Brand as a Function of Strategy
There have been numerous articles written on the concept of "brand". I’ve read seemingly all of them in my time, and I’ve thought about the idea of brand sometimes to distraction. Obviously a brand is an important thing, crucially important. So important in fact no one seems to define it the same way.
"A brand is a promise." was a definition I saw. I've seen several others and, as stated, many articles on the subject going on about the complexities of a brand and the difficulties of finding the right people to represent it, etc. While many points of view have validity, none I’ve seen focus the issue of brand where I think it ought to be focused; that is on brand as a function of a company’s strategy and business model.
I’ll explain. Take for example Wal-mart. Some would argue Wal-mart’s brand is Americana, the most basic--some would say lowest--common denominator that is average or small town America. You have a 70s happy face as an emblem, a star in the logo, a simple name and an image in commercials of low priced items served up to you by your helpful and energetic neighbors (and their elderly parents). It's a comfortable and accommodating picture, and speaks to basic, sun-lit values of a mythological America.
So then, what is Wal-mart's strategy? Easy: Sell sell sell! Of the three basic choices any company has in competing, price, product/process innovation and market focus, Wal-mart has chosen price with an unprecedented vigor. How does Wal-mart keep its prices so low? The secret is an inventory management system called “cross-docking” by which packages go from supplier to a Wal-mart truck in around 45 minutes. Compare this to several days for its competition. Starting with this single core metric, everything else in Wal-mart’s business plan is defined. Wal-mart reports sales daily and trains its local managers to gauge demand at their stores so the right products will come at the right time and not sit on the shelves. Wal-mart’s business model thus functions like a high-test muscle car against its family sedan competition.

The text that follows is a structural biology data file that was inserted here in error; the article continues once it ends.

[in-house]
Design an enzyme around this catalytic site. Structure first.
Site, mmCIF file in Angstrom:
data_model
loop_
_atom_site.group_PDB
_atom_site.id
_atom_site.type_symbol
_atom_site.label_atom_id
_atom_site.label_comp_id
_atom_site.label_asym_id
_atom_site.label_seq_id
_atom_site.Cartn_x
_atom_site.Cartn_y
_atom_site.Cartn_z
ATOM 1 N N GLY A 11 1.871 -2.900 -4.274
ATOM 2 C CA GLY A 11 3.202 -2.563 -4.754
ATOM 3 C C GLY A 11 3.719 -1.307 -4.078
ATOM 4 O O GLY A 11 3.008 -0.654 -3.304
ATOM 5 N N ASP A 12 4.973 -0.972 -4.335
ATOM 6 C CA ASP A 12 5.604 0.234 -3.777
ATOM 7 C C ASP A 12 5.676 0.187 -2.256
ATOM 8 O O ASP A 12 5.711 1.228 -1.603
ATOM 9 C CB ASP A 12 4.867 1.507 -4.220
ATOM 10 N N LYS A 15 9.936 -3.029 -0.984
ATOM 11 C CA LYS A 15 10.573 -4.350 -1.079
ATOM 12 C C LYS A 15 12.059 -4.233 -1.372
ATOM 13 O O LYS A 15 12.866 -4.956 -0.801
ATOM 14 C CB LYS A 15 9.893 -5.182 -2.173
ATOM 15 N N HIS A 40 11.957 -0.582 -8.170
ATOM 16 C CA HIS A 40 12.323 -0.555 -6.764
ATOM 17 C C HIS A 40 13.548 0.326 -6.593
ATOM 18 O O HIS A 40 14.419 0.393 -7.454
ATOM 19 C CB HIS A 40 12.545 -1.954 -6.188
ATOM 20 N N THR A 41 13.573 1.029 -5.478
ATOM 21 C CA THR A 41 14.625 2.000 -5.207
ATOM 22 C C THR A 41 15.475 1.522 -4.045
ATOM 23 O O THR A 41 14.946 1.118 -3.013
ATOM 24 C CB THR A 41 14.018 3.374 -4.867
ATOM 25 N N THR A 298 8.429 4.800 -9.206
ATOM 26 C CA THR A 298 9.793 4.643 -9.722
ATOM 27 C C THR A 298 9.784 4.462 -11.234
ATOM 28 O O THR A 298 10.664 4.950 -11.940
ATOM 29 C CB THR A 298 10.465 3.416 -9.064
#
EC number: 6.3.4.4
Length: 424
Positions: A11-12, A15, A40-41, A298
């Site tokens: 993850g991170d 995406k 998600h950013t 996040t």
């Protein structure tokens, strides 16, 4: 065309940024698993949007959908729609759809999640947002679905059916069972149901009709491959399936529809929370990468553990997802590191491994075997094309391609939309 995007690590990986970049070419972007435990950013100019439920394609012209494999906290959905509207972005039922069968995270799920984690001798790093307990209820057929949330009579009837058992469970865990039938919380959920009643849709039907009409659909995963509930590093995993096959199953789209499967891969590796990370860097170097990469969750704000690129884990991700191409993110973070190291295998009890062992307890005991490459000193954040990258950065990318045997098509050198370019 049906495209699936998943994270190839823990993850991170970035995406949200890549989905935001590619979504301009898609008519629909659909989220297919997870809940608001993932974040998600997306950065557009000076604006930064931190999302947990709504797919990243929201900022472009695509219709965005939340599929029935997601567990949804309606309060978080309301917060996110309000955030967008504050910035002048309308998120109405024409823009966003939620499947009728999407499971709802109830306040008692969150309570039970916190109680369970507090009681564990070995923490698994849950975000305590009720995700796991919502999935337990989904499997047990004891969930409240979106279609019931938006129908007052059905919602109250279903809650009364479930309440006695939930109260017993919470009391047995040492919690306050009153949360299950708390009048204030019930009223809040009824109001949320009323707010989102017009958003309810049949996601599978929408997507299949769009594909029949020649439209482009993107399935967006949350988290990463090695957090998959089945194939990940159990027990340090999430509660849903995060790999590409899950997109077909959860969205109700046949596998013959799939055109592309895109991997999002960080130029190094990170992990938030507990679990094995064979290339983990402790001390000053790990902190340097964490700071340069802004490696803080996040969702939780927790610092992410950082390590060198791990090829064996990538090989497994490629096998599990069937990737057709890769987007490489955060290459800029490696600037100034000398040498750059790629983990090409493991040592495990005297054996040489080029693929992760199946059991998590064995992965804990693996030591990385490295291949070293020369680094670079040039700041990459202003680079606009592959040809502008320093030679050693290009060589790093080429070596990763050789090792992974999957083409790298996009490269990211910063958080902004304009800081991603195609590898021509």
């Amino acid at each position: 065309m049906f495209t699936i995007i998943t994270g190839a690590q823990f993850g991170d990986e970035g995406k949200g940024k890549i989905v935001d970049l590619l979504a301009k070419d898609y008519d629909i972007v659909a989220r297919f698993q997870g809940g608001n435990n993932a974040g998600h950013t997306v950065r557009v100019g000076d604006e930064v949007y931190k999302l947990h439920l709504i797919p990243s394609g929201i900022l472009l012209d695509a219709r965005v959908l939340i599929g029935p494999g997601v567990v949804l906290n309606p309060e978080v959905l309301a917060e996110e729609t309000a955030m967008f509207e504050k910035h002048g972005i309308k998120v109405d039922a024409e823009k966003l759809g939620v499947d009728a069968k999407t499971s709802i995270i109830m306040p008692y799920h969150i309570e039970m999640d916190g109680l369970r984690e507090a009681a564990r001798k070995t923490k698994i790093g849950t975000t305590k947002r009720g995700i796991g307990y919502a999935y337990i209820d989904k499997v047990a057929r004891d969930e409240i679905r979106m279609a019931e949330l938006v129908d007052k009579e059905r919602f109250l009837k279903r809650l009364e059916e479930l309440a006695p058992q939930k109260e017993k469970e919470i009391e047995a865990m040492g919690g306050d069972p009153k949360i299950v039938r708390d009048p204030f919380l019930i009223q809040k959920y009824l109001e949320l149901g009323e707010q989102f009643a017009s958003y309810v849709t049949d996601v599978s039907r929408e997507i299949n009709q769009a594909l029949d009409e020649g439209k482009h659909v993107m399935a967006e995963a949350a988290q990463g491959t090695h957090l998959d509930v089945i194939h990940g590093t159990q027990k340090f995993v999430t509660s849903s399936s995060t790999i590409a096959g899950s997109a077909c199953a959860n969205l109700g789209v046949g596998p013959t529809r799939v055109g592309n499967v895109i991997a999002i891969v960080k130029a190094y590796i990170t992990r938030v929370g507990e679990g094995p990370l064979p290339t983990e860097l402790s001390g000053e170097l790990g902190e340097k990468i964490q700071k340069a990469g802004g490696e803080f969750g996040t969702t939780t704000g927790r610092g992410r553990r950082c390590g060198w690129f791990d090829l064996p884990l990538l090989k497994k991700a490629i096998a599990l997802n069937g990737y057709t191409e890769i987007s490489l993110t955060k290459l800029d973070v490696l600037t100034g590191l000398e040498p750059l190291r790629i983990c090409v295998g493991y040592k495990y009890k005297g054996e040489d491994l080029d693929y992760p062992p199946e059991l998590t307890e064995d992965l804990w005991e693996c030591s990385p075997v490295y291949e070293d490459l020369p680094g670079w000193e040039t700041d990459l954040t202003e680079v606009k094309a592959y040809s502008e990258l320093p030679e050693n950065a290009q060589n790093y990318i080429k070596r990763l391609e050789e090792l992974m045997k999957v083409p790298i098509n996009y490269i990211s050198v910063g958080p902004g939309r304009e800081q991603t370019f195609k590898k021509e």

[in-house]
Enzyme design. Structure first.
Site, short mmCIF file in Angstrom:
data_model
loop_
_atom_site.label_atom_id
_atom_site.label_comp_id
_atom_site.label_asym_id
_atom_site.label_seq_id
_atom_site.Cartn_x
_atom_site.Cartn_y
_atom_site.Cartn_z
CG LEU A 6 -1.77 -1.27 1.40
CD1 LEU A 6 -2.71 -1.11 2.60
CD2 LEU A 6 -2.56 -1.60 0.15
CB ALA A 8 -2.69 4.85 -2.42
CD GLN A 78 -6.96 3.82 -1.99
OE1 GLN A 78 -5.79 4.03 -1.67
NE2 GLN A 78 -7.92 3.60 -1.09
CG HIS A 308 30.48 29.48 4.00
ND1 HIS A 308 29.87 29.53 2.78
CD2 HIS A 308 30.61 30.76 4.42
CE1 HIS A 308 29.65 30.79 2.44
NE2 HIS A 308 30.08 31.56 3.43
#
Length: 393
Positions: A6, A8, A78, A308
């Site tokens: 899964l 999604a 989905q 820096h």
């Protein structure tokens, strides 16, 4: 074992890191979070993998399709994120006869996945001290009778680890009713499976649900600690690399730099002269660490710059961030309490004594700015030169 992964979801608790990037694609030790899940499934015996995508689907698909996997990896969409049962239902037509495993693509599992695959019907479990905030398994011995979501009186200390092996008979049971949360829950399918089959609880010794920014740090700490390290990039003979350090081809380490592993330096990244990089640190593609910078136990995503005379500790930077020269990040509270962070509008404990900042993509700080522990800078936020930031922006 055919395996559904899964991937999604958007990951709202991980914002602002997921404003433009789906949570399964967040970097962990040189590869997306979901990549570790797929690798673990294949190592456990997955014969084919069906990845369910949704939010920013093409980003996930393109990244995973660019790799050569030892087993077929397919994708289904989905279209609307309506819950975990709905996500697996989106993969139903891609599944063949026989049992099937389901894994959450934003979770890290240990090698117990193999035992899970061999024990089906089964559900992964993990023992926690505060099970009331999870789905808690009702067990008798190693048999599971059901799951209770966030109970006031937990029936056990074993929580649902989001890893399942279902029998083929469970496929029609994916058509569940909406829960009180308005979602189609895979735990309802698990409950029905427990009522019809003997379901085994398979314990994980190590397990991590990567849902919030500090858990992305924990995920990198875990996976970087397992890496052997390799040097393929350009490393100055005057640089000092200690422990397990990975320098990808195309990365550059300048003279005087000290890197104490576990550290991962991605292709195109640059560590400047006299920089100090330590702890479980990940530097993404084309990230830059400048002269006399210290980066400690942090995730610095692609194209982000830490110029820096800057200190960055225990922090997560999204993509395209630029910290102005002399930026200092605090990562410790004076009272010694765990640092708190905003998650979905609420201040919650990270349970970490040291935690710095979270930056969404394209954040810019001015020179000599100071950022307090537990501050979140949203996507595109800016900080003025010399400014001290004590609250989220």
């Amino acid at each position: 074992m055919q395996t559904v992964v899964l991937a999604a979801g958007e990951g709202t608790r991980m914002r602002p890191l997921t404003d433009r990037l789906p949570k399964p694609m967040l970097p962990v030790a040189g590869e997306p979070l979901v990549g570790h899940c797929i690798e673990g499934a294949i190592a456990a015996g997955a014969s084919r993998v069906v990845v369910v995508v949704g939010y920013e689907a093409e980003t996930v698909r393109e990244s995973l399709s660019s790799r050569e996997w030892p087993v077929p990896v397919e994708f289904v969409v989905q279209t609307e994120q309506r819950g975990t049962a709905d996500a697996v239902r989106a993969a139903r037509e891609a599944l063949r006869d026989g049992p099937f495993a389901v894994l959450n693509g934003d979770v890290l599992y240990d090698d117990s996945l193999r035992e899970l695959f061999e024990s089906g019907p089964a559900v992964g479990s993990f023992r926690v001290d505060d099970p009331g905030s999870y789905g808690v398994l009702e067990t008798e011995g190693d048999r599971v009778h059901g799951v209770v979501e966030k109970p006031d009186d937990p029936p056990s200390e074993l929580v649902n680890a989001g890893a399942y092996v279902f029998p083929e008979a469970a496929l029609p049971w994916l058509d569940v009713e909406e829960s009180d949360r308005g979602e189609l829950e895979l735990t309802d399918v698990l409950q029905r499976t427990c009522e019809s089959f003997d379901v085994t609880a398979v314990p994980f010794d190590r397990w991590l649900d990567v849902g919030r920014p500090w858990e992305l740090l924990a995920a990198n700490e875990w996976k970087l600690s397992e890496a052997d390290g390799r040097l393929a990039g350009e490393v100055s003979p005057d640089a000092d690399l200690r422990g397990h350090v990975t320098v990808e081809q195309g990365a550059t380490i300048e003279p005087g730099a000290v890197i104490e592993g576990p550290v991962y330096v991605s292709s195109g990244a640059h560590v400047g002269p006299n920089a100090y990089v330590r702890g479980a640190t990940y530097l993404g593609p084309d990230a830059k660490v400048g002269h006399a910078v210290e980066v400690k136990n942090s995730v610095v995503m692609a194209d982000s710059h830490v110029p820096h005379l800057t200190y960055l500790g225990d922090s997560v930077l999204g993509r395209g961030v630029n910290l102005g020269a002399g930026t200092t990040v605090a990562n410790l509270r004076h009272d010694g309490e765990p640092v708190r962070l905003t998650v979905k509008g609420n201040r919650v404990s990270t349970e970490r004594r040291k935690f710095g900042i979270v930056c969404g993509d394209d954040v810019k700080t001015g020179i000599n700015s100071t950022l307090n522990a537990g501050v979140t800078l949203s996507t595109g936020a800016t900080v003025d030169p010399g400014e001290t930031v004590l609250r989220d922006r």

Wal-mart is a high performance engine of product supply and resupply. It moves product faster and so can sell for less, with its vast superiority in volume making up for its lower prices. It also pays its suppliers faster lessening their own need to borrow money to finance their operations. Wal-mart thus can demand lower prices from these suppliers. Eventually of course, as its business becomes more important to them, Wal-mart can squeeze suppliers even more.
So how does this show brand to be a function of the strategy? Like this: Wal-mart’s strategy is to sell as much as it can to as many people as possible. It's all about price. Wal-mart then marries the strategy of price to basic American values in its branding. Wal-mart has this implied message: Americans want lower prices because Americans are practical and want to pay less for everything. IN OTHER WORDS, AMERICAN’S WANT LOW PRICES BECAUSE THEY ARE AMERICANS. The accessories of Wal-mart’s brand: friendliness, safety and friendly old people all reinforce the value of typical Americans and lower prices.
The model generally succeeds. It hasn't in some cases, most notably in Europe where Wal-mart's logistic partners UPS and FedEx were replaced by DHL with whom Wal-mart did not "grow up" and so with whom it could not so easily coexist with its extremely time-sensitive delivery model. One might also wonder though if the identity of the typical European was anathema to Wal-mart’s brand.
Perhaps China will provide an answer. Though starting slowly Wal-mart is beginning to establish a beachhead in this country, a country that, like the U.S., is filled with very practical people who like lower prices because wanting lower prices defines them. Perhaps indeed Wal-mart’s newest customers will ultimately be as American as good Chinese food.